I believe the “empowerment era” in organizations failed to realize its promise because it was based on the assumption that “leaders and managers” could “empower” employees. I contend that it is the employee who, for whatever reason, has “empowered” the “leaders and managers.” If that is the case, then employees can reclaim their power and use it for themselves and their benefit. How can this happen, and what does it take? To answer these questions, we must take a look backward.
In a recent post, I mentioned the fact that of the Four Cs, the first two, Chance and Circumstances, describe our past. There is both bad news and good news about the past. The bad news is that there is nothing we can do about it. No matter how much we wish yesterday would have been different, there is nothing we can do to make it so. Omar Khayyam said it best in his poem, “The Moving Finger Writes; and Having Writ”
The Moving Finger writes; and, having writ,
Moves on: nor all your piety nor Wit
Shall lure it back to cancel half a Line,
Nor all your Tears wash out a Word of it.
That is a poetic way of saying that yesterday will be yesterday forever. It is a part of our history and cannot be changed. The good news is that, no matter how we view our past or our current Circumstances, they in no way limit our prospects for the future. We can still make our tomorrows different from, and hopefully, better than, our yesterdays.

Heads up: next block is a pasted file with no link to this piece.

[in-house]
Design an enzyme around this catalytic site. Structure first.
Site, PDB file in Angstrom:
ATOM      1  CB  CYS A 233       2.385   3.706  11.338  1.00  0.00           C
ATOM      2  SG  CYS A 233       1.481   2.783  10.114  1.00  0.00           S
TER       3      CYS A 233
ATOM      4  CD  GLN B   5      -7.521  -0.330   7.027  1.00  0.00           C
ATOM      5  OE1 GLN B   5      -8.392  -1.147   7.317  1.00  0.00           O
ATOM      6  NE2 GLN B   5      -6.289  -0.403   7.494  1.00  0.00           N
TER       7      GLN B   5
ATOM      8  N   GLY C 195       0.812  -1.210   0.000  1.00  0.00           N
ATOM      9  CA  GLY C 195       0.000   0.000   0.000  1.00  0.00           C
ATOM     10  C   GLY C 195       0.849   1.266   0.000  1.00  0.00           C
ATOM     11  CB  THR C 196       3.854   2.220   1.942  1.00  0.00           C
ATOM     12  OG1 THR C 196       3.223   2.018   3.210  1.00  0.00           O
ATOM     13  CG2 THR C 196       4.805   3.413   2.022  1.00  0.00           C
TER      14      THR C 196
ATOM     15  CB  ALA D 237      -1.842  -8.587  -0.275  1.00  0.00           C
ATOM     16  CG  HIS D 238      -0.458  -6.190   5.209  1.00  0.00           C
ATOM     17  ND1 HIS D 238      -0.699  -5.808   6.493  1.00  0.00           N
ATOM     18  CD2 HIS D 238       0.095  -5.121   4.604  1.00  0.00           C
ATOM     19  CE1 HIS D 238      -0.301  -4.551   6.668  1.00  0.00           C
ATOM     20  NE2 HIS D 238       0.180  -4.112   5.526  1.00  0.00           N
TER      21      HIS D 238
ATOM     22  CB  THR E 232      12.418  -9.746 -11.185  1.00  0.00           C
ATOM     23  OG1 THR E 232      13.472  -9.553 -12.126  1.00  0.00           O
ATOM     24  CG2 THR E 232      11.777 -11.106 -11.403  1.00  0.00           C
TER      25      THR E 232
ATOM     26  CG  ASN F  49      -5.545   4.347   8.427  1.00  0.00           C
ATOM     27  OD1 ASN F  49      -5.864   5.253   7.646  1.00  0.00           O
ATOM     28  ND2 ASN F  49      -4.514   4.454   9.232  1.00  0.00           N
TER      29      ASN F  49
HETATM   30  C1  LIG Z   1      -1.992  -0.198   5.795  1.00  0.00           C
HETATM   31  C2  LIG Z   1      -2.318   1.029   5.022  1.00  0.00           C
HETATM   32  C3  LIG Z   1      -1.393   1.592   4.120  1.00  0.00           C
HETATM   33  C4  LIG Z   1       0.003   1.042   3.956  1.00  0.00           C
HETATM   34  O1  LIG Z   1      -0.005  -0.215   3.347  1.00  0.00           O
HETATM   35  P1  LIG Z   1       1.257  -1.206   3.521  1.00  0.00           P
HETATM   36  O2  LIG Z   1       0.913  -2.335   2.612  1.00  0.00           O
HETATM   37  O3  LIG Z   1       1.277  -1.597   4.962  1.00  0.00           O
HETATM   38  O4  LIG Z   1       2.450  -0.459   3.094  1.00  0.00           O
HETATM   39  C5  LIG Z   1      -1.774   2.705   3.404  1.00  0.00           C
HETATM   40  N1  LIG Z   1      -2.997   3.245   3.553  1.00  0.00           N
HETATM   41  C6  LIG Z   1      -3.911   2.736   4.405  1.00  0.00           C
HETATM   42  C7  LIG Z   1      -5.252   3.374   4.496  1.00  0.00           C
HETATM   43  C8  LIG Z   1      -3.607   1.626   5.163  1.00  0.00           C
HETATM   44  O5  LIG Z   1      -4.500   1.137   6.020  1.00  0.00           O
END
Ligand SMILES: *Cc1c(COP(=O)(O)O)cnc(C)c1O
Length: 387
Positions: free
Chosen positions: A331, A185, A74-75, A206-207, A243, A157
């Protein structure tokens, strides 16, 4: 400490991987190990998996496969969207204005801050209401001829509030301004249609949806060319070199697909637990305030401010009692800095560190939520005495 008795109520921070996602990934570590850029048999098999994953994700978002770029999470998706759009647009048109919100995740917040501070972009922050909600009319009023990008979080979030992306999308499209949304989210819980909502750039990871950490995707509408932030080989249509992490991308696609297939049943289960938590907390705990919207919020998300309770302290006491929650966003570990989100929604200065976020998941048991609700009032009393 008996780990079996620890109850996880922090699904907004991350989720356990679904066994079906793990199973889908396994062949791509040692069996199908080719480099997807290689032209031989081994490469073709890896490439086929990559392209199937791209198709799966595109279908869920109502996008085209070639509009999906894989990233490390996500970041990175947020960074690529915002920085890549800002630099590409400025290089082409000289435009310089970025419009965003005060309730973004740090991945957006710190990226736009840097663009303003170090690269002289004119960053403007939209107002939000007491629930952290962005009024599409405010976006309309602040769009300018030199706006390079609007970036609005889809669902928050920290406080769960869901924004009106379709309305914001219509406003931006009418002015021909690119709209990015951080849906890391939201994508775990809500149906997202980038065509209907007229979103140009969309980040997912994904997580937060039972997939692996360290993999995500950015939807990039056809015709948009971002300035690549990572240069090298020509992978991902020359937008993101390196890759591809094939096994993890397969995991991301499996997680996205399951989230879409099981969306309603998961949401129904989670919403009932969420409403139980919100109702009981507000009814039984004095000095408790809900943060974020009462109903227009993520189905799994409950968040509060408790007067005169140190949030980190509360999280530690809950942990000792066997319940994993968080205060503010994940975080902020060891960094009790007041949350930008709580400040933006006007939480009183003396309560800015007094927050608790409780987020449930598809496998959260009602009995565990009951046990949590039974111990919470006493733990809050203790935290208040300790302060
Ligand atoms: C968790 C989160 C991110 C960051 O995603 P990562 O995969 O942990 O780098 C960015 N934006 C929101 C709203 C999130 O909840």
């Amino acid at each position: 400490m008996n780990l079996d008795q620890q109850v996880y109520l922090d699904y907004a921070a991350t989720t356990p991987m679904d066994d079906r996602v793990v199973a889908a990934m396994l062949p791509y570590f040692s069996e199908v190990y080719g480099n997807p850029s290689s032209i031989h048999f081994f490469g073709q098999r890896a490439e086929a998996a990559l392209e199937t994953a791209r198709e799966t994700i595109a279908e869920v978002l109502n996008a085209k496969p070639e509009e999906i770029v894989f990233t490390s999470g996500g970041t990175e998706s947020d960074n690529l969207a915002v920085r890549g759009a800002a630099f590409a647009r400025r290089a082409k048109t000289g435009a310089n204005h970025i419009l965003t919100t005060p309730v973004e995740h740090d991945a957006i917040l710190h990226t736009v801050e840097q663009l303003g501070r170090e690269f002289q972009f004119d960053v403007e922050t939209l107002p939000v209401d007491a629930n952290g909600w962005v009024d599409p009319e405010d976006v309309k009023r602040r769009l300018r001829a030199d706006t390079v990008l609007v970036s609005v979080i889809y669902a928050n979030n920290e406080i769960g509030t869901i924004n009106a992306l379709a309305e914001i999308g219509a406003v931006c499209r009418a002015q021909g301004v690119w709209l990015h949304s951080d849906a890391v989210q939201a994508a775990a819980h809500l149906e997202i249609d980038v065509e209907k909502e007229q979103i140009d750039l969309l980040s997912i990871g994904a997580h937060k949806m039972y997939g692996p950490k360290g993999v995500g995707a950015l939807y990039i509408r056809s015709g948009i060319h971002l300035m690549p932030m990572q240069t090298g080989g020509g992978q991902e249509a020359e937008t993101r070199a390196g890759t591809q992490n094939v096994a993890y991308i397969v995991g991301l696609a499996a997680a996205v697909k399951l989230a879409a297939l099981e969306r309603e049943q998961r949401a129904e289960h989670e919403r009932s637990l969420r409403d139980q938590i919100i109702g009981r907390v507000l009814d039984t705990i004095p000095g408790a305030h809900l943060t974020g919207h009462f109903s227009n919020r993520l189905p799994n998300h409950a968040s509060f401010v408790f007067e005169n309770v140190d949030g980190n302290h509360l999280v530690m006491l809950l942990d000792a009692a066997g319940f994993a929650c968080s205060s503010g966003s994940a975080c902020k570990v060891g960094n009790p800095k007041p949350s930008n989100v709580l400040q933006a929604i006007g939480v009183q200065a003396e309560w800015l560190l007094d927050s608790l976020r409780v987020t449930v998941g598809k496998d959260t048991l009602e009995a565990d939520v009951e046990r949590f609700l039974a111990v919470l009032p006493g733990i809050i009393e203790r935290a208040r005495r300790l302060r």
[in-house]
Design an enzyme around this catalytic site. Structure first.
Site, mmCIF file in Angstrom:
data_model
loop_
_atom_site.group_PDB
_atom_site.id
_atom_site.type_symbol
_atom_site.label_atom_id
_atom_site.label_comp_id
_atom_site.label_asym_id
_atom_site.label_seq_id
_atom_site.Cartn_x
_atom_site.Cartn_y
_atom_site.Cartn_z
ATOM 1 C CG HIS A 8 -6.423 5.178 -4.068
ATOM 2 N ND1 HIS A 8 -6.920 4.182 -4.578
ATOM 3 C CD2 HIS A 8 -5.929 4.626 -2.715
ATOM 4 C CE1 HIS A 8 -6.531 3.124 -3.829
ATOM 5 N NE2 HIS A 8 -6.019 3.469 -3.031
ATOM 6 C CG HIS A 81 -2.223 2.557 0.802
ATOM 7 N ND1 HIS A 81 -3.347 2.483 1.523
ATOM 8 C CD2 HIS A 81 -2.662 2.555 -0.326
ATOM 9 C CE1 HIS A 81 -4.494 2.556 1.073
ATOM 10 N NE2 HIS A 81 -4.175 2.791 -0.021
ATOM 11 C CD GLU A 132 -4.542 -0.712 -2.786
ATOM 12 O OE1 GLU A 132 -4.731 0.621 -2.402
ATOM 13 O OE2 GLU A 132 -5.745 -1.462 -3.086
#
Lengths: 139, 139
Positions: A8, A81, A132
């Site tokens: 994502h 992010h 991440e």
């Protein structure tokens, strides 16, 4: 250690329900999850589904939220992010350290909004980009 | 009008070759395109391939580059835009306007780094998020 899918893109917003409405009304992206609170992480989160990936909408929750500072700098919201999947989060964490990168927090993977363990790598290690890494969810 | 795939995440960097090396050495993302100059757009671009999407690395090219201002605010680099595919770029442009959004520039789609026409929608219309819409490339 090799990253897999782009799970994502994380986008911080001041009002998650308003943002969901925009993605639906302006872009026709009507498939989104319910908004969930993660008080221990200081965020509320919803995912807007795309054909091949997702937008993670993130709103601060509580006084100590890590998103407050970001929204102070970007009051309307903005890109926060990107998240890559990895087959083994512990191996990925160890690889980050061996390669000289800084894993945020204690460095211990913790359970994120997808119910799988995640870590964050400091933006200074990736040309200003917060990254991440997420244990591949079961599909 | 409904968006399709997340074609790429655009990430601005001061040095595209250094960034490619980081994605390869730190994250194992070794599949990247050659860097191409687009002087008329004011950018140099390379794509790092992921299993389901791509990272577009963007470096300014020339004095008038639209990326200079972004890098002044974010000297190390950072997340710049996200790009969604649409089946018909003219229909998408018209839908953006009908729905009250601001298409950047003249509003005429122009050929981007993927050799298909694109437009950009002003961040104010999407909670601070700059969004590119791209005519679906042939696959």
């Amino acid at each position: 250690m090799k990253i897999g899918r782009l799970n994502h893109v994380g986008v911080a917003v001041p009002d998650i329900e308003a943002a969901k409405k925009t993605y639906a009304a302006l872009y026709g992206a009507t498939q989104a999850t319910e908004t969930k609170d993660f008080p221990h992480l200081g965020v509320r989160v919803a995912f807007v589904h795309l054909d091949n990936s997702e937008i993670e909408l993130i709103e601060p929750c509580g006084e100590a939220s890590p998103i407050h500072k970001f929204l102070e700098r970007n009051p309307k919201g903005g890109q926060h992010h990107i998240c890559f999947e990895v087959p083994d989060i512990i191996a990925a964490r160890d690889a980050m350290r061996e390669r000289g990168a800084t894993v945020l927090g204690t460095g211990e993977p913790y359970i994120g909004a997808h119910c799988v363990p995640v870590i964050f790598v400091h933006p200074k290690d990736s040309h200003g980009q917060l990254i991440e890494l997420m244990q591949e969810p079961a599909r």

Choice – our past puts us at a “fork in the road,” and we must make a Choice as to which road we take from here. We must be informed by our past but not anchored in nor shackled to it. The only way Choice makes sense is if there are at least two options from which to choose. Without options, Choice and empowerment are but abstract concepts. Although we may have little or no control over our Circumstances, we can control the Choices we make in response to them; and
Consequences – For every Choice, there is at least one Consequence, which includes both the outcomes (what happens) and the lessons (what we learn). It is important to remember that even though some outcomes may be considered to be “negative,” the lessons may be extremely valuable and helpful. In many cases, that will mean the overall Consequences were “positive” or valuable, despite the fact that the outcomes were “negative” or painful. In some cases, as the saying goes, “No pain, no gain.”
The Future – The Choices we make and the Consequences that follow will determine our future. An important connection between these last two Cs is that no matter which option we choose, as long as it remains our Choice, and we are willing to accept responsibility for the Consequences that result, we are empowered. This makes it a do-it-yourself process, and we can choose to be powerful…or now. Empowerment does not happen unless and until we are willing to accept responsibility for Consequences.
A Word of Caution – We often are eager to make our Choice, sometimes without considering the likely Consequences. If it doesn’t turn out well, we often look for somebody or something to blame. This, of course, is the “easy” and often most exciting part of “empowerment.” However, by doing this, we can become victims, either of others’ Choices or of our Circumstances.
The more challenging, and sometimes scary, part of empowerment is accepting responsibility. Exercising our right to choose (Choice) and taking responsibility for what happens as a result (Consequences) is likely to be both the most exciting and the most frightening thing that we will ever do for…or to…ourselves.